Deglaze the pan with broth, water, or wine (or a mix), adding enough to come up at least a half-inch or so up the side of the pan.

Simmer in the oven at 325 degrees F° for about 20 minutes, then return to high heat and cook over all but a little bit of liquid. Add a pat or two of butter if possible.

Process in a food processor, adding generous grinds of hot pepper, along with broth and/or olive oil to create a smooth pâté. It should be smooth, but still have some texture. It might look very runny, but it will firm up after resting in the fridge.

Add a little freshly grated parmigiano and freshly minced parsley. Taste for salt, keeping in mind that a bland or mild pâté is an abomination. It needs to be aggressively seasoned. Allow to rest in the fridge for at least an hour or two until firmed up.

To make the crostini, lightly toast little cubes of high-quality bread. I do this in a pan with a little olive oil. Top each piece of toast with a little dollop of pâté and bake in an oven for about 5 minutes at 350 or 400 degrees F°.

Just before serving, garnish with additional parmigiano, pepper, and fresh parsley.

Justin Naylor (chef & proprietor, Old Tioga Farm)

An Interview with Victor Hazan



Victor and Marcella at home in Florida in 2008.

This is the second interview in our new monthly series of interviews with prominent voices in the field of food and wine. You can read last month’s interview with Samin Nosrat here.

Victor Hazan is a hero and role model of mine. His wife, the late Marcella Hazan, is widely considered the godmother of Italian cooking in America, and it is her books that have formed the foundation of my own understanding and practice of Italian cooking. For more information on Victor before delving into the interview, you can read my profile of him here.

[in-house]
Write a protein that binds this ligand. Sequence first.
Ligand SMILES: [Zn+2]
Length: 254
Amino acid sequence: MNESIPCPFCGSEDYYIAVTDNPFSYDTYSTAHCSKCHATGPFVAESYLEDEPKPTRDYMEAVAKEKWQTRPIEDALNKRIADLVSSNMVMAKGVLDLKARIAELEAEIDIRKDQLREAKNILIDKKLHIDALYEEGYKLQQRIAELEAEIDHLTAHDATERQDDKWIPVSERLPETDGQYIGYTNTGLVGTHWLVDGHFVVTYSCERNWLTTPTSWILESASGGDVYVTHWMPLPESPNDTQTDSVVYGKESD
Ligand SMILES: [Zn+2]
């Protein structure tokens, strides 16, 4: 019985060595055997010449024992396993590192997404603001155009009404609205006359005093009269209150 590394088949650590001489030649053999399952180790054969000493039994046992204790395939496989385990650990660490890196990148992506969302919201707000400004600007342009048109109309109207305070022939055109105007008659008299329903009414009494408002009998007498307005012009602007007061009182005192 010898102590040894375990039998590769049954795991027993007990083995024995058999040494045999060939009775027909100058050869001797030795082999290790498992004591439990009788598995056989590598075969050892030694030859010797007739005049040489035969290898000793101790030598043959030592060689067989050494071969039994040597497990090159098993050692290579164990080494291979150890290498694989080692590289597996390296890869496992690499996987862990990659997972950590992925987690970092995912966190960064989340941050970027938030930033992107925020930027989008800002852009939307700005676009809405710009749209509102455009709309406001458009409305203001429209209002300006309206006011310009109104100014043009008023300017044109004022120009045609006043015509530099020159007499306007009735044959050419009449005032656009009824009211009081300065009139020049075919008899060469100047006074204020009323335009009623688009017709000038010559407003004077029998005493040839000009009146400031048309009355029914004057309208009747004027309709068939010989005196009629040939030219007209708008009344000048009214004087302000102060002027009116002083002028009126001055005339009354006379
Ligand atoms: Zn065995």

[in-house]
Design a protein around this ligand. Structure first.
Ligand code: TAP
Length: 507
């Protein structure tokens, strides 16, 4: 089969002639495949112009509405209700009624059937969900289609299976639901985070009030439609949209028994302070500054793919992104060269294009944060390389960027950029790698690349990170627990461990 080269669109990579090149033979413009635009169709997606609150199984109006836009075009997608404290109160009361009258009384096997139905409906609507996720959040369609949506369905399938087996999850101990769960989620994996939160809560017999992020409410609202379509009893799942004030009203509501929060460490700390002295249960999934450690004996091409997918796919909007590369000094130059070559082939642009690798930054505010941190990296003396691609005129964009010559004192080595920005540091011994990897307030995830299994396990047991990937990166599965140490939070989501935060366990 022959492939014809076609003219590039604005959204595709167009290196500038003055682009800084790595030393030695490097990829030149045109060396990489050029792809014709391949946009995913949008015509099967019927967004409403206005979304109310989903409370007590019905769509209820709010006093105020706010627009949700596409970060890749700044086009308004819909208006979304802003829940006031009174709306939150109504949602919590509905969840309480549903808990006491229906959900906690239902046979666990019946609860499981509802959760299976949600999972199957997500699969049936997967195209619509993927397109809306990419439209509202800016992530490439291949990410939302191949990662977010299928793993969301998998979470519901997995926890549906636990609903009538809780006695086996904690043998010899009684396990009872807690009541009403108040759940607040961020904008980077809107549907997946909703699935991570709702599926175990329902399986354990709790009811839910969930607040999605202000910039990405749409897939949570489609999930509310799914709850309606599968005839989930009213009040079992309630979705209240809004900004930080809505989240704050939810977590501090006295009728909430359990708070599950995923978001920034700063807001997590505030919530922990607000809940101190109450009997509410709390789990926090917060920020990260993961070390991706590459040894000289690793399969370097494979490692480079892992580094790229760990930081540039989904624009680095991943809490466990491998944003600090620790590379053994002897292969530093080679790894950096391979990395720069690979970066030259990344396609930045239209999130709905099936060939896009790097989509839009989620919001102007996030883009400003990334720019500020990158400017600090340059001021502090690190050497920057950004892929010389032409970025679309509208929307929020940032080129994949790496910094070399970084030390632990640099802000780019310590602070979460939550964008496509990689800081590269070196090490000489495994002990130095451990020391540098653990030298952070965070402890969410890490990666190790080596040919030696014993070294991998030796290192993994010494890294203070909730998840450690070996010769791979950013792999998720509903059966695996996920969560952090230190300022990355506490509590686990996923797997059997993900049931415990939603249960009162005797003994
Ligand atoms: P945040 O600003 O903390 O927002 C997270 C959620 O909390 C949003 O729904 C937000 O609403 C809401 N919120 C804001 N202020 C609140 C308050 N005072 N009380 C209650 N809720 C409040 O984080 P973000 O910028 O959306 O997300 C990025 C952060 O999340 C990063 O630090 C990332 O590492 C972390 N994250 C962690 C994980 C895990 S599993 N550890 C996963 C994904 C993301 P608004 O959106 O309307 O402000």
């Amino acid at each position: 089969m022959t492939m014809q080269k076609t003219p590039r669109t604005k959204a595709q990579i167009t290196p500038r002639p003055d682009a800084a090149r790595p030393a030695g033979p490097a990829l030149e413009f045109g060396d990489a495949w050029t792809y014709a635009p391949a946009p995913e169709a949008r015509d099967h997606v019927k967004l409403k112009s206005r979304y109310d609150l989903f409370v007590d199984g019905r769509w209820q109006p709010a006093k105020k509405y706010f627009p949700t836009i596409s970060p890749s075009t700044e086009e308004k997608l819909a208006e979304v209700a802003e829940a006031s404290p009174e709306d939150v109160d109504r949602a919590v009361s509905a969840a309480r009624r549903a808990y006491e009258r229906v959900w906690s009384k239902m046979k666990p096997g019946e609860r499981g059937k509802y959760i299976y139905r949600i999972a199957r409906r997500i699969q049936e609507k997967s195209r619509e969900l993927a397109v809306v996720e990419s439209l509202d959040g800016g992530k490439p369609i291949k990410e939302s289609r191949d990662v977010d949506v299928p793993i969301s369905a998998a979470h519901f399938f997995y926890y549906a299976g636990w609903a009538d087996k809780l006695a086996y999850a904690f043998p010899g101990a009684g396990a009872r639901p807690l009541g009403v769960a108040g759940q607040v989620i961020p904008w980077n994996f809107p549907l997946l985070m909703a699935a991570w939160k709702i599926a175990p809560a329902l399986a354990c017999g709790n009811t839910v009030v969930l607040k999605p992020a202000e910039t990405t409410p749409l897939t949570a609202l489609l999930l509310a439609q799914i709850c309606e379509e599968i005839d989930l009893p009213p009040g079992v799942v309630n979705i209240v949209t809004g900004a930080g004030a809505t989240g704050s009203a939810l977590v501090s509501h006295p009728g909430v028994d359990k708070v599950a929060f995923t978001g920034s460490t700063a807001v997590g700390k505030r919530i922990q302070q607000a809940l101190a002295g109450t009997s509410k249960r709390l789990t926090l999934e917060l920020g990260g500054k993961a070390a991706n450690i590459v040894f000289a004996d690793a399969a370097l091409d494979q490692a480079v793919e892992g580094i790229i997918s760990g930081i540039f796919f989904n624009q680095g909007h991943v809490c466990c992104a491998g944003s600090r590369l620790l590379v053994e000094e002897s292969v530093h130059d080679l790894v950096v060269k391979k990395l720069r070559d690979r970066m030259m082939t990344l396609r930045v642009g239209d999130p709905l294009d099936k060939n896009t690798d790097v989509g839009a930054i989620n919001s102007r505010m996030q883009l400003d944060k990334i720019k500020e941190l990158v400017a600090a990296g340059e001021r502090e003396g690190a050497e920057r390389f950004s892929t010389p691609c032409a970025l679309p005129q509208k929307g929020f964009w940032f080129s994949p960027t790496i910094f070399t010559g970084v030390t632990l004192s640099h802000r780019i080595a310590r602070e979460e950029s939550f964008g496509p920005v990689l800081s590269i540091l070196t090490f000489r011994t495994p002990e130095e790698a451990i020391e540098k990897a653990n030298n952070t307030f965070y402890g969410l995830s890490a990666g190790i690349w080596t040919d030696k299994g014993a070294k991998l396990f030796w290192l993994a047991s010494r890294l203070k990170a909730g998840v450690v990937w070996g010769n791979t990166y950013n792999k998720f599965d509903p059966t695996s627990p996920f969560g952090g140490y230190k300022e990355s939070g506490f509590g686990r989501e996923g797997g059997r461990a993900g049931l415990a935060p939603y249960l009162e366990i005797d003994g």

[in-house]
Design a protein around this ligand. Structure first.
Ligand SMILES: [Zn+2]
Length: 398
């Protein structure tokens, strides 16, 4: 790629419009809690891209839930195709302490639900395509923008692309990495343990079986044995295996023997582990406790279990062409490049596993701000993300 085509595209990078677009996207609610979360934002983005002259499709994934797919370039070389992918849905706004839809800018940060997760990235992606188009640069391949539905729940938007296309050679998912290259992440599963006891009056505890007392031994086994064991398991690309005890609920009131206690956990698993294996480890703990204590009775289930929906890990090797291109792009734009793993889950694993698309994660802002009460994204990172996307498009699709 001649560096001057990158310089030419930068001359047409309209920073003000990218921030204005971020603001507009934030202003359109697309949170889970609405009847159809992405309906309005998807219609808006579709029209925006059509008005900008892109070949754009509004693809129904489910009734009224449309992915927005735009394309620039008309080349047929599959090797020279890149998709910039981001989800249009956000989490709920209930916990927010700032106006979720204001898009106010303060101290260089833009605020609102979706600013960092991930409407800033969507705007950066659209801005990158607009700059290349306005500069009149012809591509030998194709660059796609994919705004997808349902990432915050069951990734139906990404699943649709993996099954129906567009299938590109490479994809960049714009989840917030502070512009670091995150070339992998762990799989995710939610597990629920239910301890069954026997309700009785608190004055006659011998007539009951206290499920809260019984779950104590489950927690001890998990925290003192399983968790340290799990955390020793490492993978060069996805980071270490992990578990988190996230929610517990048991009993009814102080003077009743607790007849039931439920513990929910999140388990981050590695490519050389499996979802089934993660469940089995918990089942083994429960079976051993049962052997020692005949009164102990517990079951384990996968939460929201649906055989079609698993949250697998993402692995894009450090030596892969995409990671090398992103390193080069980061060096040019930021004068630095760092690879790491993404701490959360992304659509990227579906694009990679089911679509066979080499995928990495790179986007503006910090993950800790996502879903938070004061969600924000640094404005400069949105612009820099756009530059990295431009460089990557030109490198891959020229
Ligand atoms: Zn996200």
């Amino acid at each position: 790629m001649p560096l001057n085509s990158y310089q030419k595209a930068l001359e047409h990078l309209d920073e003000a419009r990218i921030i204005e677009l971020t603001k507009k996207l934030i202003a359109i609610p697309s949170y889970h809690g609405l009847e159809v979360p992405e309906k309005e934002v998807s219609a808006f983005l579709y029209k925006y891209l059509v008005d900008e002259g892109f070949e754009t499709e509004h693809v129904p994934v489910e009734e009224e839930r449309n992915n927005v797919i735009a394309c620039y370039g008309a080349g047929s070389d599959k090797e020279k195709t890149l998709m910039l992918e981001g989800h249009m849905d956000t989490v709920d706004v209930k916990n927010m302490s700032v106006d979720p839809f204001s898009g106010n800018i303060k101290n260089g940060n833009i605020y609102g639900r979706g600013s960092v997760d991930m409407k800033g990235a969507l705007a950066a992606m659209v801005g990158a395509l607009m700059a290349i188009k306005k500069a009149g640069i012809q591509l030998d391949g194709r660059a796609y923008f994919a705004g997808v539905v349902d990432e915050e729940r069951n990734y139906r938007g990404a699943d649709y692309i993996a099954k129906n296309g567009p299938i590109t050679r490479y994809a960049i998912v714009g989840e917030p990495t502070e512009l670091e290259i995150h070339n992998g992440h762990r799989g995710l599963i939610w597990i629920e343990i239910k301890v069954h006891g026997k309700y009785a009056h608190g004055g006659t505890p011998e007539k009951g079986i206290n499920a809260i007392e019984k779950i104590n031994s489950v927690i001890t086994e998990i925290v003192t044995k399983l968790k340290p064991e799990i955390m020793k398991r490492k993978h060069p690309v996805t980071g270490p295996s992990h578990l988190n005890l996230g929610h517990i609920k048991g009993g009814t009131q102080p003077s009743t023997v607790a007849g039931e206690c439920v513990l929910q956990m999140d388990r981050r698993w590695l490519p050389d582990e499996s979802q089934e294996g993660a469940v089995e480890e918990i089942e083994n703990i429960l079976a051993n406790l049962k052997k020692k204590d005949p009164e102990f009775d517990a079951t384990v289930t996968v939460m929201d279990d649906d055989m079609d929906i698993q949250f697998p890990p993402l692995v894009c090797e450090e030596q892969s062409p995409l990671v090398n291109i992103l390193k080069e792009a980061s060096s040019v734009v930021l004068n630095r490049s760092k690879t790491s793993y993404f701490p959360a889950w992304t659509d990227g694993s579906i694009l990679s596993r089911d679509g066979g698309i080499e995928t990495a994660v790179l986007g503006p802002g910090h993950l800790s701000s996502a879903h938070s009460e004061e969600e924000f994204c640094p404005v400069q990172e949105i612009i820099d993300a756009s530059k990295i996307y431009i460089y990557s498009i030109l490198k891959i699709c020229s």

In this interview, we discuss his rich life in food and wine, from his earliest boyhood days in Italy, to collaborating with Marcella on her cookbooks, to his own book on Italian wine, and his everlasting affection for Venice. Enjoy!


July 19, 2017

Justin Naylor: Thanks so much for making the time for this interview today. Your writings and Marcella’s have influenced me tremendously, so it’s very meaningful for me to speak with you.

I learned quite a bit about Marcella’s childhood in Italy from her wonderful memoir Amarcord, but I’d like to hear your story of growing up in Italy in the 1930s.

Victor Hazan: It was fairly close to most Italian boys’ childhoods. I was born in a small town called Cesena, only about eight miles away from where Marcella was born. Her town was called Cesenatico. My mother and father had a fur store in Cesena. My father was always a furrier from the beginning, and we had a house with a nice courtyard and fruit trees. I have one dramatic memory of that. I must have been about five, perhaps. I had a little lamb. I thought it was my pet. But it wasn’t my pet. It was a lamb my parents had bought, and were feeding, and planned to have slaughtered. When the man came to kill it, he took this little lamb by the hind legs – he was a strong man – and brought it very hard down on the pavement, smashing its head. Unfortunately, I saw all of that. It’s very vivid. Odd, isn’t it, how certain memories get planted and never eradicated?

JN: Did that memory affect how you thought of eating meat, later in life?

VH: No, not at all. It didn’t connect. I’m very sorry about animal suffering; I feel sorry, for example, when I’ve gone fishing and I see what happens to fish when they are hooked and caught and brought up and allowed to flop their way to death on the deck of the boat. I feel very sorry for them, but I don’t connect that with the food on the table. I don’t know whether you have that problem or not. I think we are just wired to disconnect at that point.

JN: How aware were you of the political events unfolding in Europe during your childhood?

VH: More than aware; they were a part of my life. We were all Fascists at that time, we were all very proud of what Mussolini was telling us from his balcony. My father had lots of customers who were very highly placed in the Fascist hierarchy. Everybody was in favor of everything.